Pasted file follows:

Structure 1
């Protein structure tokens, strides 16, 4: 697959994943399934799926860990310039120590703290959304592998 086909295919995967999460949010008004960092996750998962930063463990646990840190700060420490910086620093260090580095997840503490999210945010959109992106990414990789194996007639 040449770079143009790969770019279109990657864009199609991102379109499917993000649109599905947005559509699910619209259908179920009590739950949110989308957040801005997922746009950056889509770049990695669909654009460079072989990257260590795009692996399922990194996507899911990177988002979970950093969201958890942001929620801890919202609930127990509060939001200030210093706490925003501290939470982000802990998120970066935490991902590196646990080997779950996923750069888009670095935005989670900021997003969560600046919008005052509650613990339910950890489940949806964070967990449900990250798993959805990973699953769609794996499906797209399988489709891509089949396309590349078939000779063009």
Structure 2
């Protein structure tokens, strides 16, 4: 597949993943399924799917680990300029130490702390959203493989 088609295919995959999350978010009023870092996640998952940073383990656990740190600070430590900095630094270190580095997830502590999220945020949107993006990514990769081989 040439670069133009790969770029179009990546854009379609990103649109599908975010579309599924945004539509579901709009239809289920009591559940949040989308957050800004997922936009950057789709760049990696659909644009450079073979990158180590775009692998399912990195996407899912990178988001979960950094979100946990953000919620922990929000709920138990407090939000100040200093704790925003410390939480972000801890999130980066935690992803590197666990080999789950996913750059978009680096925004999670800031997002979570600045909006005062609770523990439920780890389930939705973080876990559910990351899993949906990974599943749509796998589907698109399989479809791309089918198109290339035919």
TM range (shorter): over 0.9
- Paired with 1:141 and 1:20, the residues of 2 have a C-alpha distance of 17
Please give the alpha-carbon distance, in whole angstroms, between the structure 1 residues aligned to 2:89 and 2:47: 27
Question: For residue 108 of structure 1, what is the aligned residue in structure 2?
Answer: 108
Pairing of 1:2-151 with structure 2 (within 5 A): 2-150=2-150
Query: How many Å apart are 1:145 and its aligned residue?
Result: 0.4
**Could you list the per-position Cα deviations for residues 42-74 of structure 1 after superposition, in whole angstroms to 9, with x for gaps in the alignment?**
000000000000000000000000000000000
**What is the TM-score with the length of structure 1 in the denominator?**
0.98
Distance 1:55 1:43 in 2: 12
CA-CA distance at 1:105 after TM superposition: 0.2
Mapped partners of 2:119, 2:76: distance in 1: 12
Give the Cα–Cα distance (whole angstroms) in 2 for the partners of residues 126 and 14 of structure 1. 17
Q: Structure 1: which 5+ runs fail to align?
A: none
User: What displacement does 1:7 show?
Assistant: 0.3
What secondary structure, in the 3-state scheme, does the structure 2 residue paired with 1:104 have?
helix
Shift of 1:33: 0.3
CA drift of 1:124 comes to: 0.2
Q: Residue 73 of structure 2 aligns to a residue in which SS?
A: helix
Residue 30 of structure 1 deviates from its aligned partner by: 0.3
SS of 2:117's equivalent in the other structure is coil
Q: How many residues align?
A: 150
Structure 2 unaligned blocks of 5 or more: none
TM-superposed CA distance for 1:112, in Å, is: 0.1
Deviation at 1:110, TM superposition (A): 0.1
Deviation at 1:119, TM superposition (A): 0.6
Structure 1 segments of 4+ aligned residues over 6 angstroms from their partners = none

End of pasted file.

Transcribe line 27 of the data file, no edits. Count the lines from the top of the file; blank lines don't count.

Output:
Shift of 1:33: 0.3